How often have you been monitoring gas price signs on the gas station next to your home, business or even school? You probably never even noticed the sign or the gas station ever existed until you became concerned with the issue. Have you noticed that gas prices have changed your daily driving habits? Now at least, you keep looking at the gas gauge more often than you used to do before, and you probably have started to plan your refueling trips more carefully. If you don’t have feelings for the intellectual decision you are making, then your mind has been lazy for too long to understand it.

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Record-high pump prices are forcing Washingtonian motorists to adjust household budgets and alter driving habits while they wait for – and expect – even higher prices in the near future, results from a AAA Mid-Atlantic member survey show.

 

In fact, seven in 10 AAA Mid-Atlantic members who completed the e-mail survey in early July said they have had to cut spending from other parts of their household budget to make up for the continued spike in gas prices.

 

Those who are reallocating household funds to pay for increased gas costs are spending fewer dollars on entertainment (87%) and personal shopping (81%) – such as for new home technology or work clothes.

 

Leisure travel (62%) and home improvements (43%) took the next biggest hits as households move money around to pay for gas.

 

Those surveyed were allowed to choose all that applied among six common household budget areas. More than four in 10 (41%) said they had cut back on food shopping.

 

“What’s clear is that many of us have no choice but to shift budgeted money to the gasoline account,” AAA Mid-Atlantic spokesman John B. Townsend II said. “What’s interesting is that many of us expect those prices to climb even higher.”

 

For instance, nearly half of those who completed the survey (48%) believe it is very likely they will pay $5 per gallon for regular serve this year, while almost four in 10 (39%) believe it is likely.

 

“Nearly 90 percent believe it’s likely we’ll have $5 gas this year,” Townsend said. “Here’s hoping they’re wrong.”

 

Other survey results show that current pump prices already are having a major impact, not only on household budgets and future outlook, but also on daily driving habits.

 

Almost a quarter of those who completed the survey (23%) said they would drastically cut back on driving at $4 per gallon.

 

The nationwide price of gasoline is currently at a record high price of $4.11 a gallon from coast to coast. At $4.18 a gallon, it’s seven cents higher in Washington, D. C. proper. Although the price of gas across the Washington metro area is currently averaging $4.09 a gallon, many Washingtonians have lost any hope of seeing cheaper gas any time soon.

 

For this reason, three in 10 (30%) indicated that $5 per gallon gas is the threshold at which their driving habits will drastically change.

 

“We’ve already seen a marked decrease in vehicle miles traveled – cumulatively, it’s down 2.1 percent for 2008 - at current prices,” Townsend said. “It will be interesting to see, if pump prices continue to rise, what additional reactions motorists have.”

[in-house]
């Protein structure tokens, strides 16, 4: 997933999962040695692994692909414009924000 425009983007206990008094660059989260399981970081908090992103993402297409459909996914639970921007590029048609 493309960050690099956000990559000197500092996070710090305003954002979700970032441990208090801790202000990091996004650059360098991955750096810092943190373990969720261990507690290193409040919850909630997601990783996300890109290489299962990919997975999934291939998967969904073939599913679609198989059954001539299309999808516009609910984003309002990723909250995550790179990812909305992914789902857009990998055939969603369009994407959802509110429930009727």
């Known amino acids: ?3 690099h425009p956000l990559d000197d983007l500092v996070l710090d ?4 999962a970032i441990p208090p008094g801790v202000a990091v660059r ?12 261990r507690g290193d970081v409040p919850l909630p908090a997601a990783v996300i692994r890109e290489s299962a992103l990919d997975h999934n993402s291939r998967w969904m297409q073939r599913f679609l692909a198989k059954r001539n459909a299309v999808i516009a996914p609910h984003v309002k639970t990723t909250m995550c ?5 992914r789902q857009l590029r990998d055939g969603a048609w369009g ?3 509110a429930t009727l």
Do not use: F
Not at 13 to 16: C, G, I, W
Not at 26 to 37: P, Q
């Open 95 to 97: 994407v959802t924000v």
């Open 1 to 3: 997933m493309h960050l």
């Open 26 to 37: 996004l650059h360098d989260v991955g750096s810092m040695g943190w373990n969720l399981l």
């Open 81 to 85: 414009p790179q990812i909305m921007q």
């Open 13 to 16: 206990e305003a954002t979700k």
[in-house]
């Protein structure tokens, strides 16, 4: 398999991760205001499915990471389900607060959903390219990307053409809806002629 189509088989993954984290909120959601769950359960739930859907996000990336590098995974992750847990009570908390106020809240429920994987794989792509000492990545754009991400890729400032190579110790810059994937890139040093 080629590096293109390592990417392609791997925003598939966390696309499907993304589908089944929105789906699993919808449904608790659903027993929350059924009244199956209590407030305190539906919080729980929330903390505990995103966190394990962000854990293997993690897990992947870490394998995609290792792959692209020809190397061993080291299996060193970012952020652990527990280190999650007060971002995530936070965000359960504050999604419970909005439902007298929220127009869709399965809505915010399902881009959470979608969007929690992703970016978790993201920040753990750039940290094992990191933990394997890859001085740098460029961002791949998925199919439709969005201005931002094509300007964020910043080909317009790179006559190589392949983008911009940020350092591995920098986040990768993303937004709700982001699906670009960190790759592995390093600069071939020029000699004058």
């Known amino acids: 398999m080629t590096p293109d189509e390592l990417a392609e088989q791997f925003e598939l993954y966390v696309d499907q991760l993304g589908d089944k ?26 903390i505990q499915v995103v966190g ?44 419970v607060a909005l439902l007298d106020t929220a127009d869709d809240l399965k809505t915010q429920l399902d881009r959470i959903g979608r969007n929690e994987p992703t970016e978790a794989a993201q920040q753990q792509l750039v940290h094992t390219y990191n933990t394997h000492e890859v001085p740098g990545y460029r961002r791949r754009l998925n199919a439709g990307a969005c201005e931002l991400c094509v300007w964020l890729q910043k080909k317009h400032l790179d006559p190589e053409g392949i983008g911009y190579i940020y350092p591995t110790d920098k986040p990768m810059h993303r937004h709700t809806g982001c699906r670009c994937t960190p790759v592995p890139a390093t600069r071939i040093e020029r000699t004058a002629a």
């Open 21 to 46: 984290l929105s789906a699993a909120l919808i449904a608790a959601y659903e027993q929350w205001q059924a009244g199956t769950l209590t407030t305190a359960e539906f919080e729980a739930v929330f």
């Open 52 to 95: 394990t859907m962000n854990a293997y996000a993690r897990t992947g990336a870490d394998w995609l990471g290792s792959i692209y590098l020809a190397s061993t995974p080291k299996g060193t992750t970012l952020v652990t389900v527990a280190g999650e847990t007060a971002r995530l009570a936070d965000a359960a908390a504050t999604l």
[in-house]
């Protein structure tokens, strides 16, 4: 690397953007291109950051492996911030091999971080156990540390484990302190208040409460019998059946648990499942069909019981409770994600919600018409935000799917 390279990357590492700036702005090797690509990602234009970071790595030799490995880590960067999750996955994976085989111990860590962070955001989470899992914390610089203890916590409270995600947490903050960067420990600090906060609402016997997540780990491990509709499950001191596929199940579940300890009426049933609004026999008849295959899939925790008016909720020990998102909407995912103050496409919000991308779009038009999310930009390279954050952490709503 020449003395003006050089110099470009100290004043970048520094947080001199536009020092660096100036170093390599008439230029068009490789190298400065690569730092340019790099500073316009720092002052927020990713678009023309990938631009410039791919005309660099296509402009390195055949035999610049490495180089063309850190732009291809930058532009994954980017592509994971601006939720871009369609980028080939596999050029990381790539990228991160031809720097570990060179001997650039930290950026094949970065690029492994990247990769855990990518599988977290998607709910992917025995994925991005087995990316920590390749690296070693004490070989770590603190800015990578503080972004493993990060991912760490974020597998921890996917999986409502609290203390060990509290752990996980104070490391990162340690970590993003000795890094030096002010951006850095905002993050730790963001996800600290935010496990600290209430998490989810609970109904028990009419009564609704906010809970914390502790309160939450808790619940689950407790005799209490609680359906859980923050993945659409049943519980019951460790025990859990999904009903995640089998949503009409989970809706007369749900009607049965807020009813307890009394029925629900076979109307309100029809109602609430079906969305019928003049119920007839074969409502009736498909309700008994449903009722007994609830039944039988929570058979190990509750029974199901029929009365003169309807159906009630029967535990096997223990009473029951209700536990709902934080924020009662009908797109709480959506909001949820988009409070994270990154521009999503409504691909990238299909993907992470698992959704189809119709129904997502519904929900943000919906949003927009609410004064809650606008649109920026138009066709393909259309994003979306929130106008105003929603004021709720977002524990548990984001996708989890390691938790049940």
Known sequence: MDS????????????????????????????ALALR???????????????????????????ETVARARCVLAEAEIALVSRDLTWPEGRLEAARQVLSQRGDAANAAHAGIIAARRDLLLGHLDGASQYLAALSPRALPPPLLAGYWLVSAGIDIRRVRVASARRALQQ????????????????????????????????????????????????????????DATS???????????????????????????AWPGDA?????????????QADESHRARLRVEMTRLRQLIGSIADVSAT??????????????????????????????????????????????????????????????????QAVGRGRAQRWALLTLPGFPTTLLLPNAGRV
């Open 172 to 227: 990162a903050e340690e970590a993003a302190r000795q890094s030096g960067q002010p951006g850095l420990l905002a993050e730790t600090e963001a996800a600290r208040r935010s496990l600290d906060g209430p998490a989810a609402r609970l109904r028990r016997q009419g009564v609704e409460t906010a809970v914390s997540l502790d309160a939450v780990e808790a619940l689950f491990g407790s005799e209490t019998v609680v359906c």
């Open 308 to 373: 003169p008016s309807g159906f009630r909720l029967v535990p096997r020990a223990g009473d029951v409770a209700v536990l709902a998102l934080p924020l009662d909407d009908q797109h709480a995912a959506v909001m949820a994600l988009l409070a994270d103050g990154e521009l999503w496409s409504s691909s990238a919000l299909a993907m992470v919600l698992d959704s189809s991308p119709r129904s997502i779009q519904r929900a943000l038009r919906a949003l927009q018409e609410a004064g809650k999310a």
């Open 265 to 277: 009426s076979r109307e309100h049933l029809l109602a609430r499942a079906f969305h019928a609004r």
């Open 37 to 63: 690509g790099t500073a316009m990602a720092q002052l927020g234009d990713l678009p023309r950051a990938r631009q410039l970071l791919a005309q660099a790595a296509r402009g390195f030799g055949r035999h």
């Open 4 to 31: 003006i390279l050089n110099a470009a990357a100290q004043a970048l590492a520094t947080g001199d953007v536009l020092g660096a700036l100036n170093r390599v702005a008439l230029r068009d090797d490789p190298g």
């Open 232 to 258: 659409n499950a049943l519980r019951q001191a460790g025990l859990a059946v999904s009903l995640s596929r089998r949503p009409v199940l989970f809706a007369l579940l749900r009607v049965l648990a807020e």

Other survey findings include:

 

· Nearly eight in 10 (78%) answered that they have altered their driving habits.

 

Of those –

 

· 81% said they were consolidating trips to cut costs

 

· 74% answering that they are driving fewer miles

 

· 32% indicated they were driving less aggressively to cut gas costs.

 

(Motorists were asked to choose all choices that apply)

 

Americans are currently spending $1.6 billion a day on fuel purchases, the AAA Mid-Atlantic spokesman explained. The average household is currently spending about $75 a gas a week on gasoline per vehicle. That’s about $4,000 a year, Townsend explained. If the price of gasoline soars to $5.00 a gallon, the cost would soar to $5,313 annually.

 

That’s based on the fact that the average household travels 21,252 miles a year, according to the Federal Highway Administration, at an average of 20.2 mpg per vehicle, according to the EPA.

 

The survey was completed by 384 AAA Mid-Atlantic members throughout the auto club’s footprint.

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  • 1 month later...

Looks like Gas prices have slowly creeped their way up again. This is mostly due to the shipping lines being severed during our hurricane season.

But, we are lucky to get our a large portion of our fuel from New Jersey. Hopefully, in the near future they will settle down again.

 

Washington (DC only) Regular Mid Premium Diesel

 

Today's Gas Prices

 

$3.835 Regular $3.987 Mid $4.106 Premium $4.627 Diesel

 

Yesterday

 

$3.865 Regular $4.018 Mid $4.138 Premium $4.660 Diesel

 

Month Ago

 

$3.841 Regular $3.993 Mid $4.112 Premium $4.723 Diesel

 

Year Ago

 

$2.775 Regular $2.955 Mid $3.043 Premium $3.089 Diesel

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  • 2 years later...
Guest LeSabre

Have too much time on my hands.

 

North of the Potomac

Econoway

3745 University Blvd W & Perry Ave & ConnAve

$3.44 per gallon :lol:

 

Lowest Price

2800 12th St NE & Franklin St NE

$3.45 per gallon

Cash Only

 

Freestate

510 Hungerford Dr & N Washington St

$3.45 per gallon

 

7-Eleven

8905 Rhode Island Ave & Greenbelt Rd

$3.53 per gallon

 

Exxon

9336 Georgia Ave (West Side) & Seminary Rd

$3.63 per gallon

 

Liberty

8550 Connecticut Ave & Manor Rd

$3.67 per gallon

 

Exxon

11433 Rockville Pike & Nicholson Ln

$3.69 per gallon

 

Exxon

10201 Westlake Dr & Democracy Blvd

$3.70 per gallon

 

BP

10140 River Rd & Falls Rd

$3.79 per gallon

 

Exxon

10335 Old Georgetown Rd near Democracy Blvd

$3.89 per gallon

 

Lukoil

2715 Pennsylvania Ave NW & M St NW

$4.29 per gallon

 

Exxon

2708 Virginia Ave NW & Rock Creek Pkwy

$4.55 per gallon :angry:

 

South of Potomac

 

BP

8400 Sudley Rd & Rixlew Ln

$3.44 per gallon :lol:

 

BJ's

13053 Fair Lakes Shopping Ctr near Fair Lakes Blvd

$3.47 per gallon

 

Exxon

597 Elden St & Van Buren St

$3.49 per gallon

 

BP

4625 Columbia Pike & S Wakefield St

$3.51 per gallon

 

Exxon

6720 Old Dominion Dr & Chain Bridge Rd

$3.53 per gallon

 

Exxon

6730 Lee Hwy (US-29) & Washington Blvd (by I-66)

$3.53 per gallon

 

Sunoco

934 W Broad St & N West St

$3.59 per gallon

 

Shell

3216 Jefferson Davis Hwy & Evans Ln

$3.69 per gallon